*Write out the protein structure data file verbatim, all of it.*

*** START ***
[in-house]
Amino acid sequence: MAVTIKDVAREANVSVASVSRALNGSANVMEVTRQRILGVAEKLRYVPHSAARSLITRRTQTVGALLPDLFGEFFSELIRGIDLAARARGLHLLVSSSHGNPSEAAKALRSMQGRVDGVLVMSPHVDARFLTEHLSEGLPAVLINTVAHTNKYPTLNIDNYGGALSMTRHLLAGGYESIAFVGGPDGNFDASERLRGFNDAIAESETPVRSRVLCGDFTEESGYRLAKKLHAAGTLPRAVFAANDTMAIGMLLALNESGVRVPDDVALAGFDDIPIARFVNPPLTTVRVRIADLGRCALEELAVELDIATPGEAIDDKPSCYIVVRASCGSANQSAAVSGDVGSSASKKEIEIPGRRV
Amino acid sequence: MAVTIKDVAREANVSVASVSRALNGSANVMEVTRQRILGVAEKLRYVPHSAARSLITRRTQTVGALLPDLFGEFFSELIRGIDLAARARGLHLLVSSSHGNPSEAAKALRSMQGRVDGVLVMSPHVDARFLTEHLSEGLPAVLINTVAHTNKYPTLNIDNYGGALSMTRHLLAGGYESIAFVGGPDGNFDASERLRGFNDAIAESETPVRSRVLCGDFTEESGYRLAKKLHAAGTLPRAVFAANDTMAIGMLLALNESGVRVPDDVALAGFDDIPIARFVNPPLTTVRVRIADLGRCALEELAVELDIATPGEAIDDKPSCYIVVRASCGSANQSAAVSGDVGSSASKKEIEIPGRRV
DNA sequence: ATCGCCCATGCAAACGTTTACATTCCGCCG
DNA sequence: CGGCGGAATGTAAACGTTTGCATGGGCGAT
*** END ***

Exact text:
[in-house]
Amino acid sequence: MAVTIKDVAREANVSVASVSRALNGSANVMEVTRQRILGVAEKLRYVPHSAARSLITRRTQTVGALLPDLFGEFFSELIRGIDLAARARGLHLLVSSSHGNPSEAAKALRSMQGRVDGVLVMSPHVDARFLTEHLSEGLPAVLINTVAHTNKYPTLNIDNYGGALSMTRHLLAGGYESIAFVGGPDGNFDASERLRGFNDAIAESETPVRSRVLCGDFTEESGYRLAKKLHAAGTLPRAVFAANDTMAIGMLLALNESGVRVPDDVALAGFDDIPIARFVNPPLTTVRVRIADLGRCALEELAVELDIATPGEAIDDKPSCYIVVRASCGSANQSAAVSGDVGSSASKKEIEIPGRRV
Amino acid sequence: MAVTIKDVAREANVSVASVSRALNGSANVMEVTRQRILGVAEKLRYVPHSAARSLITRRTQTVGALLPDLFGEFFSELIRGIDLAARARGLHLLVSSSHGNPSEAAKALRSMQGRVDGVLVMSPHVDARFLTEHLSEGLPAVLINTVAHTNKYPTLNIDNYGGALSMTRHLLAGGYESIAFVGGPDGNFDASERLRGFNDAIAESETPVRSRVLCGDFTEESGYRLAKKLHAAGTLPRAVFAANDTMAIGMLLALNESGVRVPDDVALAGFDDIPIARFVNPPLTTVRVRIADLGRCALEELAVELDIATPGEAIDDKPSCYIVVRASCGSANQSAAVSGDVGSSASKKEIEIPGRRV
DNA sequence: ATCGCCCATGCAAACGTTTACATTCCGCCG
DNA sequence: CGGCGGAATGTAAACGTTTGCATGGGCGAT